In many cases the compromise proposed will include an element of deferred repayment, or future repayment contingent on future profits. In these cases it would be wise to give creditors comfort regarding the company’s future repayment capacity. This comfort should be provided by including some or all of the information described below.

  • A statement of affairs showing the company’s assets at book and realisable value;
  • A description of the measures that have, or will be, implemented to return the company to profitability and solvency;
  • An indication of the company’s working capital requirements and how they will be met if the proposal is approved;
  • Recent management accounts for the company, distinguishing between activities that are proposed to be continued and discontinued after the restructuring;
  • A forecast of the company’s future cashflows and results;
  • A description of any measures to ringfence future profits for repayment of pre-compromise debts.

Identifying classes of creditors
The company must identify the relevant classes of creditors, and hold separate meetings of each. Each class of creditors must be confined to creditors whose rights are not so dissimilar as to make it impossible for them to consult with a view to their common interest. The Court will decline to sanction a compromise if it is not satisfied that the classes of creditors were properly identified.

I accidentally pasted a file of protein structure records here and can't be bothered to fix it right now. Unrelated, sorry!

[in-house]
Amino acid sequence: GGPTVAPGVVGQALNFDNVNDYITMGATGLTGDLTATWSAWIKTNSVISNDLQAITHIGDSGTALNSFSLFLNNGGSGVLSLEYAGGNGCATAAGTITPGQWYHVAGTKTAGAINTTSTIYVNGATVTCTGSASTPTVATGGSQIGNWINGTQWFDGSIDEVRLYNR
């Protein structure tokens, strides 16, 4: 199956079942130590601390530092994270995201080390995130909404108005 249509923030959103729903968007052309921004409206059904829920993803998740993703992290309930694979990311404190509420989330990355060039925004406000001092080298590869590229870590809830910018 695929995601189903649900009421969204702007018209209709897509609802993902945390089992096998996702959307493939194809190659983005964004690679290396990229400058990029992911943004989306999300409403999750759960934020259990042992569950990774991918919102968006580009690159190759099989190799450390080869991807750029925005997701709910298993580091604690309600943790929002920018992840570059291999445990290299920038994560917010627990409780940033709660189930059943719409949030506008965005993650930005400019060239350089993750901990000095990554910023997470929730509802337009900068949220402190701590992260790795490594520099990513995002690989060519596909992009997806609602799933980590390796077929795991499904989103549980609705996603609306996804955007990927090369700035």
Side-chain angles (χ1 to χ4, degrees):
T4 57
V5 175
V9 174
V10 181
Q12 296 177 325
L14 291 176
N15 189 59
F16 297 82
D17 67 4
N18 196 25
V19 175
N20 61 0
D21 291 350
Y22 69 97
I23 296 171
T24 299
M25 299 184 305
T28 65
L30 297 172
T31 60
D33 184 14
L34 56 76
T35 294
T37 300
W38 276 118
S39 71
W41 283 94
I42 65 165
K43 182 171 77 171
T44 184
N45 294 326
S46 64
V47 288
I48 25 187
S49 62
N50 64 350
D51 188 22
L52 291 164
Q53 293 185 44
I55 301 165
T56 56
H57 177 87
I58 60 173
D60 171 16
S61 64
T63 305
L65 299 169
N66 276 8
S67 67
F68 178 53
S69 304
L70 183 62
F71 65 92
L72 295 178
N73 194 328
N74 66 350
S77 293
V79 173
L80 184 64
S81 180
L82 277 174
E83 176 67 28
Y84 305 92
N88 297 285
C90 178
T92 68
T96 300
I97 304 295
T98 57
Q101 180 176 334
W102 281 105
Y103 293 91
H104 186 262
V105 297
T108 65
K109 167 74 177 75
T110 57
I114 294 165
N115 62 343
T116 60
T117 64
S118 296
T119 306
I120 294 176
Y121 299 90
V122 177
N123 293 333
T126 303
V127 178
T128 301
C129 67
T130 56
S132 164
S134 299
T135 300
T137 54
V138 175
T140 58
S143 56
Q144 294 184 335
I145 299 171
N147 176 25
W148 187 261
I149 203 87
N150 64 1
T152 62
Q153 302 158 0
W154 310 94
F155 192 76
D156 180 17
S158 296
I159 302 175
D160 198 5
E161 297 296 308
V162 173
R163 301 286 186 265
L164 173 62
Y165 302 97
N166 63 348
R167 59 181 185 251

The obvious classes of creditors might include secured creditors, preferential creditors, and unsecured creditors.

It might be appropriate to add a class of unsecured creditors who are also shareholders. These creditors are distinguished from other unsecured creditors by having an interest in the company’s survival so as to realise future value from their shareholding.

Reasons why creditors approve proposals
Informal restructuring proposals are often rebuffed by creditors and landlords because they suspect they are being misled about a company’s circumstances, or that other creditors are being treated more favourably. These suspicions are less likely to arise when the proposal is presented at a meeting summoned by the Court, and where the terms being offered to each class of creditors is fully disclosed.

Creditors are unlikely to support a proposal to compromise their rights unless it results in a better outcome than a winding-up. The information provided to creditors should therefore include an estimate of the amounts likely to be available for each class of creditors on a winding-up, and a comparison with the amount forecast to be available if the proposal is approved.

In this regard it should be borne in mind that significant costs including liquidators fees and redundancy payments arise in a winding-up, but are avoided if the proposal is approved. Both liquidators fees and redundancy amounts will rank ahead of unsecured creditors in a winding-up, and usually result in funds not being available for unsecured creditors.

It should also be borne in mind that a greater contribution towards creditor balances might arise from working a company’s assets than would arise on a liquidation sale.

Many compromise proposals involve directors / shareholders contributing funds to facilitate a partial reduction of creditor balances. In circumstances where this is proposed it should be made clear to creditors that these funds will only be available of the proposal is approved, and not if the company is wound-up.